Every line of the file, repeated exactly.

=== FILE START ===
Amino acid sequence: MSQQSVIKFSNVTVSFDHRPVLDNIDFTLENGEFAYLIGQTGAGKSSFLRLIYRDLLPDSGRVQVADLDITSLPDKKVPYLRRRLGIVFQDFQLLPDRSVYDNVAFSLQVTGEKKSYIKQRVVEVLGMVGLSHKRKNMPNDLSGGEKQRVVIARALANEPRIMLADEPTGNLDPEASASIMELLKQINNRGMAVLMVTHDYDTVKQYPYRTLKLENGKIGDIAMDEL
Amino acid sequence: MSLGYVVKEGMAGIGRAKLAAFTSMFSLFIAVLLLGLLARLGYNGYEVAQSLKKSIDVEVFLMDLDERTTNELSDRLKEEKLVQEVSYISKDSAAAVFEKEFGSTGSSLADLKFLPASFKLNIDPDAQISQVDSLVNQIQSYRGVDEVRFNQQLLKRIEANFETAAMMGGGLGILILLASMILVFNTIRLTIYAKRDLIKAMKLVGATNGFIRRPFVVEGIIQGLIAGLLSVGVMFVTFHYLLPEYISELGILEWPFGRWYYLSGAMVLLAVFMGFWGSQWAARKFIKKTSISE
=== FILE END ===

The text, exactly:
Amino acid sequence: MSQQSVIKFSNVTVSFDHRPVLDNIDFTLENGEFAYLIGQTGAGKSSFLRLIYRDLLPDSGRVQVADLDITSLPDKKVPYLRRRLGIVFQDFQLLPDRSVYDNVAFSLQVTGEKKSYIKQRVVEVLGMVGLSHKRKNMPNDLSGGEKQRVVIARALANEPRIMLADEPTGNLDPEASASIMELLKQINNRGMAVLMVTHDYDTVKQYPYRTLKLENGKIGDIAMDEL
Amino acid sequence: MSLGYVVKEGMAGIGRAKLAAFTSMFSLFIAVLLLGLLARLGYNGYEVAQSLKKSIDVEVFLMDLDERTTNELSDRLKEEKLVQEVSYISKDSAAAVFEKEFGSTGSSLADLKFLPASFKLNIDPDAQISQVDSLVNQIQSYRGVDEVRFNQQLLKRIEANFETAAMMGGGLGILILLASMILVFNTIRLTIYAKRDLIKAMKLVGATNGFIRRPFVVEGIIQGLIAGLLSVGVMFVTFHYLLPEYISELGILEWPFGRWYYLSGAMVLLAVFMGFWGSQWAARKFIKKTSISE